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Winter’s Wishes

25 Dec

A part of me can never resist wondering what people in the past used to listen to, or participate in, music wise, no matter from which period they came from.  How did music change within a person’s individual lifetime, how did it come to differ generationally, and what were there influences when it came to the composition of the music and their participation within it?

Perhaps now more than ever we as the audience can choose to listen to an almost infinite range of musical styles and genres, all (largely) accessible within easy reach of our fingers via the internet, television or radio mediums.  Alternatively we can choose to actively participate in creating music by (for example) joining the school band, getting friends together to start a rock band, and/or by participating in communal music at important points of the year (such as at birthdays, weddings, christenings, Christmas and New Year celebrations, etc).  Music can of course be made and produced by the individual or as a group activity, although it often includes an audience that watches and listens to the music produced and on occasion also join in with the performance.  As such music is a particularly important part of the artistic expression of human emotion, helping to transcend and bond together visual activities with story telling into a compelling (and somewhat intangible) mixture.

Can we, as archaeologists, excavate music though?  This is a topic I’ll be looking in 2015 as music plays a pretty important part in my own life and I am interested in focusing on the archaeological evidence for music in the past, particularly so in prehistory.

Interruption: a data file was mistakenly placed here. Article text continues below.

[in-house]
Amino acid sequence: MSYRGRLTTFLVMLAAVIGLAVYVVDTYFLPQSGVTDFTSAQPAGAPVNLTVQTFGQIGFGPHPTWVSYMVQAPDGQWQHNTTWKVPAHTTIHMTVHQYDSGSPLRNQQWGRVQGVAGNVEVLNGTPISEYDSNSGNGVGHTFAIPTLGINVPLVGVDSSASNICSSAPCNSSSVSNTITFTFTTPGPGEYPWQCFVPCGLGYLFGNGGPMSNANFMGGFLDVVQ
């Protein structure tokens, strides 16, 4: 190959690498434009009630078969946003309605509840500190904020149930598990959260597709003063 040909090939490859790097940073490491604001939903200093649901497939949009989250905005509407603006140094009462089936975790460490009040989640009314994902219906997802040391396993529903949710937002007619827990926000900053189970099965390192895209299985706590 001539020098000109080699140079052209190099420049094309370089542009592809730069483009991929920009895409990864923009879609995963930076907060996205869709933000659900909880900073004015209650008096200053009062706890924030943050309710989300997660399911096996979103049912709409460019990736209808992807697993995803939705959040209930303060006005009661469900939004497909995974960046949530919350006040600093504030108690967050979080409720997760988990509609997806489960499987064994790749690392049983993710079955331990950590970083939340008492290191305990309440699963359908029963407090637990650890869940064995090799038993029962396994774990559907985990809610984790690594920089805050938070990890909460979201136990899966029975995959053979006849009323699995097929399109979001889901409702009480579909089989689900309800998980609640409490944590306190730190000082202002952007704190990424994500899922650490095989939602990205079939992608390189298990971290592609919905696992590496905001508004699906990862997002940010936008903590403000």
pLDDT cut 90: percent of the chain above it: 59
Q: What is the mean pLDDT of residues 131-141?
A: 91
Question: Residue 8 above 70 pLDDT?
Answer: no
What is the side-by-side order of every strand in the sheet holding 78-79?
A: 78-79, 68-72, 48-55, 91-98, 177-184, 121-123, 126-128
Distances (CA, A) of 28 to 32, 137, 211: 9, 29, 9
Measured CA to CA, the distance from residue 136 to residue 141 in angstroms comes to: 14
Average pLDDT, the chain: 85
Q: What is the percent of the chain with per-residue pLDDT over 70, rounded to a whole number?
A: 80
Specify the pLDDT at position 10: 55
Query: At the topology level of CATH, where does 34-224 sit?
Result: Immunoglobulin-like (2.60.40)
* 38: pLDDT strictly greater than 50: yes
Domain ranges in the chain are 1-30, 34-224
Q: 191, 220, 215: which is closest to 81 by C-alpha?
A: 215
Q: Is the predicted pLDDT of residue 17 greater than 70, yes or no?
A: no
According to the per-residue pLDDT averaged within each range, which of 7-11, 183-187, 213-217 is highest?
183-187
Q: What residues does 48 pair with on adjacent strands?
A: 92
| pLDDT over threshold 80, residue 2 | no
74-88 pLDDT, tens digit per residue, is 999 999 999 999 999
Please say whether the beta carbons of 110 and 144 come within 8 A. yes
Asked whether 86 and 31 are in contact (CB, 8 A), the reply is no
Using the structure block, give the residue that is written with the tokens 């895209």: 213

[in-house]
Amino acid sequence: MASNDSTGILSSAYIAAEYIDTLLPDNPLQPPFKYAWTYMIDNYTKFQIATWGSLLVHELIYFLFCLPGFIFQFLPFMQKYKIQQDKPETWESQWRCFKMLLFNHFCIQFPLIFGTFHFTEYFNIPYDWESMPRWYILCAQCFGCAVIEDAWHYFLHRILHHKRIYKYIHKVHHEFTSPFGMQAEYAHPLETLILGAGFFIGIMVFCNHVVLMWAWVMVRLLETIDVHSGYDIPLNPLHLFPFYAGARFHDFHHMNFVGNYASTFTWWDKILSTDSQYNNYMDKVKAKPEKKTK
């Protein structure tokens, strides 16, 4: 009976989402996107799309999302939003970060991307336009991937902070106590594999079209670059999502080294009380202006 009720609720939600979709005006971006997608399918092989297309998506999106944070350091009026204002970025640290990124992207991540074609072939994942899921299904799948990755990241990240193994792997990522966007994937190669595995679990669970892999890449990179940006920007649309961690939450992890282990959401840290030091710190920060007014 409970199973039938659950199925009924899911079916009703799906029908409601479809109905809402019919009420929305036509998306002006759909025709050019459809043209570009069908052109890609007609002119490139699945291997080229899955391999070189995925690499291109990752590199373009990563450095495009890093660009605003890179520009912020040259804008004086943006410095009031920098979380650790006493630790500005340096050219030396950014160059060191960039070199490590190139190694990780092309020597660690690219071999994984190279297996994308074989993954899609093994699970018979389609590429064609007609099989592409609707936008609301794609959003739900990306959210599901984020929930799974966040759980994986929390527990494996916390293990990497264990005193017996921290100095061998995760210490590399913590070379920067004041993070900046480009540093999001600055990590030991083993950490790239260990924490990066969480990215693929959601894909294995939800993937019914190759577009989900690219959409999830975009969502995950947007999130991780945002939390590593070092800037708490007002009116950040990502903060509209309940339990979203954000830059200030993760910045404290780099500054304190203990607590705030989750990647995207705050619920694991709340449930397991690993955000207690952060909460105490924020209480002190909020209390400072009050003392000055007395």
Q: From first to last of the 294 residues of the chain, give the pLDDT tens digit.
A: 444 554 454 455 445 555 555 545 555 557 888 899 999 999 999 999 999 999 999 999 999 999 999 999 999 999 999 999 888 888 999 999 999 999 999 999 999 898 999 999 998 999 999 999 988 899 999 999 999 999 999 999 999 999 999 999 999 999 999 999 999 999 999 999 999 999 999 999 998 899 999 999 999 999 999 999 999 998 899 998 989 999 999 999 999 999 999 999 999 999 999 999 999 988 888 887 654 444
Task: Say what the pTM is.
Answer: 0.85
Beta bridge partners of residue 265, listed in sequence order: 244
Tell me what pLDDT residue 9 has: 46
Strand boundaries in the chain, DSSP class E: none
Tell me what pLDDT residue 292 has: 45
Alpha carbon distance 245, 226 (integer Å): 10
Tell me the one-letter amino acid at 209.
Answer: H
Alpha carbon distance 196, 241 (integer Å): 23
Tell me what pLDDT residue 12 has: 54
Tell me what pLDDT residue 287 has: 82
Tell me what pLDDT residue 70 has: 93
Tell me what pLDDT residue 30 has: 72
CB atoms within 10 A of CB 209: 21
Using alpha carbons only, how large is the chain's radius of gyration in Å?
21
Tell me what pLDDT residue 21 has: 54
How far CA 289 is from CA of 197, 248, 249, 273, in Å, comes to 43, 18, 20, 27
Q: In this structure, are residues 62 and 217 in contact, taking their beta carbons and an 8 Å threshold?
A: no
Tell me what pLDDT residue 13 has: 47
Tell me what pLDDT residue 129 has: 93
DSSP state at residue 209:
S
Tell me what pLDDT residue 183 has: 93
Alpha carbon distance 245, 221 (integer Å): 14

In the meantime I’ll leave you with a little festive compilation (and re-imagining) by the gravel throated singer and musician Mark Lanegan….

‘Tribal Connection’ by Gogol Bordello

22 Feb


I never normally link music to this blog, as this is not the main purpose of this outlet.  However, I think this song is particularly beautiful, so give it a whirl.

‘Rip! A Remix Manifesto’

22 Jun

This documentary entitled ‘Rip! A Remix Manifesto‘ on copyright and content creation in the digital age, is definitely worth a look.  However you feel about copyright and its numerous problems in the modern age, this documentary help shows the viewer a little often seen look into various subcultures of both music and documentary music.  It also helps to highlight some of the pitfalls and legal troubles that people have unwittingly (or otherwise) landed themselves in.  I’d recommend you join in and watch film maker Brett Gaylor and the artist Girl Talk on a fascinating and interesting journey…



As a blogger, I understand that when I write an article or new blog out, it could easily be stole or misused.  However, I feel confident that the people who browse my blog merely want to learn and be informed (and entertained- I try!).  As such I always try and source my information or include a bibliography on the Human Osteology entries.  However, you can’t stop good ideas or patent thoughts or views.

I’ll shortly be updating the Skeletal Series next entry, in the meantime enjoy the video!